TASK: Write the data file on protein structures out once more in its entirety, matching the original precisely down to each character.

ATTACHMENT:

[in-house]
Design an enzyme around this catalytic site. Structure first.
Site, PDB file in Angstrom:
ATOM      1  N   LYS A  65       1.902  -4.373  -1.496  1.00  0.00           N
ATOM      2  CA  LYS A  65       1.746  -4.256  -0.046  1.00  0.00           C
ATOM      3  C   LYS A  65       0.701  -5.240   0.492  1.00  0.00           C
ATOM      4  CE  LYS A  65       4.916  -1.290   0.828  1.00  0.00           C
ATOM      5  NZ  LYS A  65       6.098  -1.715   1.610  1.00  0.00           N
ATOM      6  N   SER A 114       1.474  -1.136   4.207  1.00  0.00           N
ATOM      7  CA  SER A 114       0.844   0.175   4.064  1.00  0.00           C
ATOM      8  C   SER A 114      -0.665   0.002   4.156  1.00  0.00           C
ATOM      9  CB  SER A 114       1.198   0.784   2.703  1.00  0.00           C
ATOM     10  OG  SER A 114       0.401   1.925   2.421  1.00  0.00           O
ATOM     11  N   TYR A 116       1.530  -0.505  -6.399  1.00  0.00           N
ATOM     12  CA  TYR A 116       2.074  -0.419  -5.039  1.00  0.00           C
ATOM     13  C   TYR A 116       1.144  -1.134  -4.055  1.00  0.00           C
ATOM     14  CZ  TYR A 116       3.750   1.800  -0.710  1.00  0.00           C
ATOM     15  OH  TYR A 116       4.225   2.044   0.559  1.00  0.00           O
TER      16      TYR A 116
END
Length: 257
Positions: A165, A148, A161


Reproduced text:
[in-house]
Design an enzyme around this catalytic site. Structure first.
Site, PDB file in Angstrom:
ATOM      1  N   LYS A  65       1.902  -4.373  -1.496  1.00  0.00           N
ATOM      2  CA  LYS A  65       1.746  -4.256  -0.046  1.00  0.00           C
ATOM      3  C   LYS A  65       0.701  -5.240   0.492  1.00  0.00           C
ATOM      4  CE  LYS A  65       4.916  -1.290   0.828  1.00  0.00           C
ATOM      5  NZ  LYS A  65       6.098  -1.715   1.610  1.00  0.00           N
ATOM      6  N   SER A 114       1.474  -1.136   4.207  1.00  0.00           N
ATOM      7  CA  SER A 114       0.844   0.175   4.064  1.00  0.00           C
ATOM      8  C   SER A 114      -0.665   0.002   4.156  1.00  0.00           C
ATOM      9  CB  SER A 114       1.198   0.784   2.703  1.00  0.00           C
ATOM     10  OG  SER A 114       0.401   1.925   2.421  1.00  0.00           O
ATOM     11  N   TYR A 116       1.530  -0.505  -6.399  1.00  0.00           N
ATOM     12  CA  TYR A 116       2.074  -0.419  -5.039  1.00  0.00           C
ATOM     13  C   TYR A 116       1.144  -1.134  -4.055  1.00  0.00           C
ATOM     14  CZ  TYR A 116       3.750   1.800  -0.710  1.00  0.00           C
ATOM     15  OH  TYR A 116       4.225   2.044   0.559  1.00  0.00           O
TER      16      TYR A 116
END
Length: 257
Positions: A165, A148, A161